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AGBT Agenda Includes Oxford Nanopore Sighting


By Kevin Davies  

February 1, 2012 | At long last, the agenda for the 2012 Advances in Genome Biology and Technology (AGBT) conference in Marco Island, Florida, has been posted.   

Later this month, about 800 genome scientists from academia and industry, along with a cadre of over-dressed financial types, will discuss progress in genome sequencing science, platforms, and software over four days of sessions and after-hours parties.   

Originally created a decade ago as an antidote to the increasingly crowded and commercialized GSAC (Genome Sequencing and Analysis Conference), created by Craig Venter, AGBT struggled in the years following 9/11, and the meeting’s academic organizers will admit that its survival owed much to steadfast support from Applied Biosystems.   

Once the NGS revolution took hold in 2006, however, the meeting never looked back. It has become the premier meeting spot for the genomics/NGS crowd, cleverly allowing the major vendors opportunities to showcase their latest gadgets without overshadowing the science. Attendance is strictly limited, which makes those places increasingly coveted. And the beachfront venue doesn’t hurt either.  

(Ironically, Life Technologies, which recently unveiled the Ion Proton sequencer at the Consumer Electronics Show, is not among the sponsors AGBT this year. Pacific Biosciences is the 2012 meeting’s gold sponsor, though there is sensibly no listing of the firm’s traditional fireworks display, an indulgence that wouldn’t jive with the company’s enforced decision to lay off 130 workers six months ago.)  

The three keynote speakers are Lynn Jorde (U. Utah), Rick Myers (Hudson Alpha Institute) and Michel Georges (U. Liege). A notable change is that the final session is now devoted to genome biology, shifting the frequently headline-grabbing new technology presentations to earlier in the program.   

Oxford Ahoy   

Chief among those will be the long anticipated scientific debut of Oxford Nanopore (ONT), in the form of chief technology officer Clive Brown, who will be presenting the British company’s progress in single-molecule DNA ‘strand’ sequencing. In a release today, ONT says it plans a commercial launch by the end of this year, having previewed its GridION instrument 12 months ago.  

It’s been three years since ONT researchers published a promising proof-of-principle in Nature Nanotechnology, demonstrating the ability of protein nanopores to electrically distinguish the four nucleotides in DNA. In 2009, the same year Illumina made an $18-million investment in the company, I persuaded ONT’s reclusive John Milton to talk about the company’s plans on camera. In his talk, Brown will evidently be discussing progress in sequencing single stranded DNA, as was discussed by ONT collaborator Mark Akeson at AGBT last year.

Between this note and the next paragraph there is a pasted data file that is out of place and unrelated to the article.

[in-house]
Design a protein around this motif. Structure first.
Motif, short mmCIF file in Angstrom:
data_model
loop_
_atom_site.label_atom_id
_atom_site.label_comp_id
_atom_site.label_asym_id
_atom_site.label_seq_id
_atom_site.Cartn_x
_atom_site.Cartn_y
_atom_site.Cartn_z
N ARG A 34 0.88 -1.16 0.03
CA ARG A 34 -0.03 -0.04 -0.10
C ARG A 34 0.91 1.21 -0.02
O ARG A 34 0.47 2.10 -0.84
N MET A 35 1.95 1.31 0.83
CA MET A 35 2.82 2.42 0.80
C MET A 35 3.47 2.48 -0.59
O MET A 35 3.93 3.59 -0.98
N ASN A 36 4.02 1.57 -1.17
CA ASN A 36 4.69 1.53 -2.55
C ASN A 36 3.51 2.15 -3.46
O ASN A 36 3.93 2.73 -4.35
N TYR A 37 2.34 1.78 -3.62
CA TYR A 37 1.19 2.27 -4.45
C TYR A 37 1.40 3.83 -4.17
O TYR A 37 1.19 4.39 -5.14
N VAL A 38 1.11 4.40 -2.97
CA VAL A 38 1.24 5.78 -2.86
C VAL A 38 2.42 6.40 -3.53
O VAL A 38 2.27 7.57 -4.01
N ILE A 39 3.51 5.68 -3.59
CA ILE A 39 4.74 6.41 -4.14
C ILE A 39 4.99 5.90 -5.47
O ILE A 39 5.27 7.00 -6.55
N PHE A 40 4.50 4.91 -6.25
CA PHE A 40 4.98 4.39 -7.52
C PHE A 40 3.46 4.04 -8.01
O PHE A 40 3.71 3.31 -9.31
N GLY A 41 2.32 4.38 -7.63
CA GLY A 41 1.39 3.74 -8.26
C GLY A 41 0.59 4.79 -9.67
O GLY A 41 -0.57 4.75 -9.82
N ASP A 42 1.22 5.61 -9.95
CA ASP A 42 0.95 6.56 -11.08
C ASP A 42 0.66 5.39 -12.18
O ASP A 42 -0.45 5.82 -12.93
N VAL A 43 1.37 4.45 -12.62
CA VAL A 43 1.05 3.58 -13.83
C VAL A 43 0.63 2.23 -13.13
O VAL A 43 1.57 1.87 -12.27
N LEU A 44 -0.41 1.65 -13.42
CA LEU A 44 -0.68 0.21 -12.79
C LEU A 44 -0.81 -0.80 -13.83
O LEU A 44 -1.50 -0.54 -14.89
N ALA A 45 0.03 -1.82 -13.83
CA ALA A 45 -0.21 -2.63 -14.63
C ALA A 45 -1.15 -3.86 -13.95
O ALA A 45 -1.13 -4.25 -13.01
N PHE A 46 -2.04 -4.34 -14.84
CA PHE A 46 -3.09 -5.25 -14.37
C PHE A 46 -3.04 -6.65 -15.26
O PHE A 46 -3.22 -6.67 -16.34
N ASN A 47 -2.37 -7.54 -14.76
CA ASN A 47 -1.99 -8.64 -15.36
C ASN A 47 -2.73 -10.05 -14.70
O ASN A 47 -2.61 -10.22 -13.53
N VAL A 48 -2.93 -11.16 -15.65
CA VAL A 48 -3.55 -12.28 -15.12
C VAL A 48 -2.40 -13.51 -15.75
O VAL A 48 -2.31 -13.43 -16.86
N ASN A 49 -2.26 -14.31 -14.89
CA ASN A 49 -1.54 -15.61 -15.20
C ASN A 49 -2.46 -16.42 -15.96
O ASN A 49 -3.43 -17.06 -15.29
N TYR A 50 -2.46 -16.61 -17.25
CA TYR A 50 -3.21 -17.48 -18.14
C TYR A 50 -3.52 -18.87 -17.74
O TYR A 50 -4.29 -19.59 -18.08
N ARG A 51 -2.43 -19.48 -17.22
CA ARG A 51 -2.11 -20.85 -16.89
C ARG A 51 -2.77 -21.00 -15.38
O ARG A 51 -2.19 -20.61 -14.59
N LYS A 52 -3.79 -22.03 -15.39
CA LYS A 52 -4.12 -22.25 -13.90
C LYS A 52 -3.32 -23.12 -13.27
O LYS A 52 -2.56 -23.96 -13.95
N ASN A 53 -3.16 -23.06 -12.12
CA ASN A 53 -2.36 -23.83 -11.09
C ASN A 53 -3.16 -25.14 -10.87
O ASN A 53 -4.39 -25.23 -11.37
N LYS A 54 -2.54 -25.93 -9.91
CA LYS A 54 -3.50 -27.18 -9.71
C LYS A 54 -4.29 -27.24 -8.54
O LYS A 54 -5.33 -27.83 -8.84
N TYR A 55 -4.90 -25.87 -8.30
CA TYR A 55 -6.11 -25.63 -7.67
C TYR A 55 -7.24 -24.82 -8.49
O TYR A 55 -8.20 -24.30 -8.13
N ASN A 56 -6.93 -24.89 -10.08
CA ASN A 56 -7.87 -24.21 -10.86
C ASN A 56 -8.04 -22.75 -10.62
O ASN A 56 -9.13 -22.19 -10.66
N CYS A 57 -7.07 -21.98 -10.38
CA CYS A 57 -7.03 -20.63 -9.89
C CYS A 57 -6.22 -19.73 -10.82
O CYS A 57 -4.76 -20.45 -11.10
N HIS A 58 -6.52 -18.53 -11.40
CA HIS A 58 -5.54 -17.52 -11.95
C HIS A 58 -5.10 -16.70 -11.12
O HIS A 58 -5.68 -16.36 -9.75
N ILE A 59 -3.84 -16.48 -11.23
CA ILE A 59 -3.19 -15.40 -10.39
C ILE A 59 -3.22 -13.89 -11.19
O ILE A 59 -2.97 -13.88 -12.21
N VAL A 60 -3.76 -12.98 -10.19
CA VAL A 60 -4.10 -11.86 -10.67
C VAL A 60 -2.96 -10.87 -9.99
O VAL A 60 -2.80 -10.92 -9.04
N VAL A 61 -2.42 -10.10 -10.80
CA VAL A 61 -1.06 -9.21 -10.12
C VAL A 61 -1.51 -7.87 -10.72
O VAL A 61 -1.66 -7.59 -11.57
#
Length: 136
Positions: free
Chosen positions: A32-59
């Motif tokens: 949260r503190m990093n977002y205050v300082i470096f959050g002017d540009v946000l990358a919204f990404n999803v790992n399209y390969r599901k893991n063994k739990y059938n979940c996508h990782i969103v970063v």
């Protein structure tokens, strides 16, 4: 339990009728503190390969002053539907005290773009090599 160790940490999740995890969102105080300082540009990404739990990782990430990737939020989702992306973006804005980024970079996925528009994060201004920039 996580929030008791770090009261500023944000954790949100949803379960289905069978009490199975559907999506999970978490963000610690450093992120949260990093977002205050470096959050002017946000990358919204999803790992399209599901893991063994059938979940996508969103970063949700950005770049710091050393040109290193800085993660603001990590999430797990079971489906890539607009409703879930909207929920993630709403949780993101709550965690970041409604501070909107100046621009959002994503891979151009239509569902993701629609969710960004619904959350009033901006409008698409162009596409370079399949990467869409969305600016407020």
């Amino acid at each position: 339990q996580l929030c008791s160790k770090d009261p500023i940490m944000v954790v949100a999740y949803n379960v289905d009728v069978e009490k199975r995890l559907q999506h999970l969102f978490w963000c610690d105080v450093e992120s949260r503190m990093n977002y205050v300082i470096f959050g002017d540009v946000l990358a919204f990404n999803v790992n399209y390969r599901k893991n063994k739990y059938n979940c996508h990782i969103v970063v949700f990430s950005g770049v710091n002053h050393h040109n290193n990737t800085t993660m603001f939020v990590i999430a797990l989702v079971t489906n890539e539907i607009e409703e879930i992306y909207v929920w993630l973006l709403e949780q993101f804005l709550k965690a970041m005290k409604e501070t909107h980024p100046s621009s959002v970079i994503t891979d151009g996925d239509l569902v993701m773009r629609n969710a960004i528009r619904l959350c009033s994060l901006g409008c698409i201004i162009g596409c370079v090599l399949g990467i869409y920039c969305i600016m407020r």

Other agenda highlights (on paper) include:  

  • European Bioinformatics Institute’s Ewan Birney on the ENCODE project  
  • Heidi Rehm (Partners Healthcare Ctr for Personalized Genetics Medicine) on large-scale clinical sequencing  
  • Darrell Dinwiddie (Mercy Children’s Hospital) on the roll-out of an NGS-based test for more than 600 severe childhood genetic disorders  
  • Stephan Schuster (Penn State), who helped sequence Archbishop Desmond Tutu, discusses the genomes of other historic figures  
  • Mark Adams, a long-time Venter associate at TIGR and Celera now back at the Venter Institute, opens the tutorial sequencing workshop 
  • Back-to-back presentations showcasing the two leading desktop sequencing platforms, the MiSeq and Ion Torrent’s Personal Genome Machine, from Illumina’s Geoff Smith and NCI’s Joe Boland, respectively.   
  • Speaking of desktop sequencers, John Healy discusses start-up GnuBio’s new platform, the iGnuIT 1000   
  • A pair of talks on the use of the Pacific Biosciences single-molecule platform to detect methylation and other epigenetic signatures based on kinetic incorporation data, from Nobel laureate Rich Roberts (New England Biolabs) and CSO Eric Schadt.  
  • Yaniv Erlich (Whitehead Institute) on surname leakage from genome datasets  

If you weren’t lucky enough to grab a slot, you can follow the fun on Twitter (#AGBT), beginning on February 15.  

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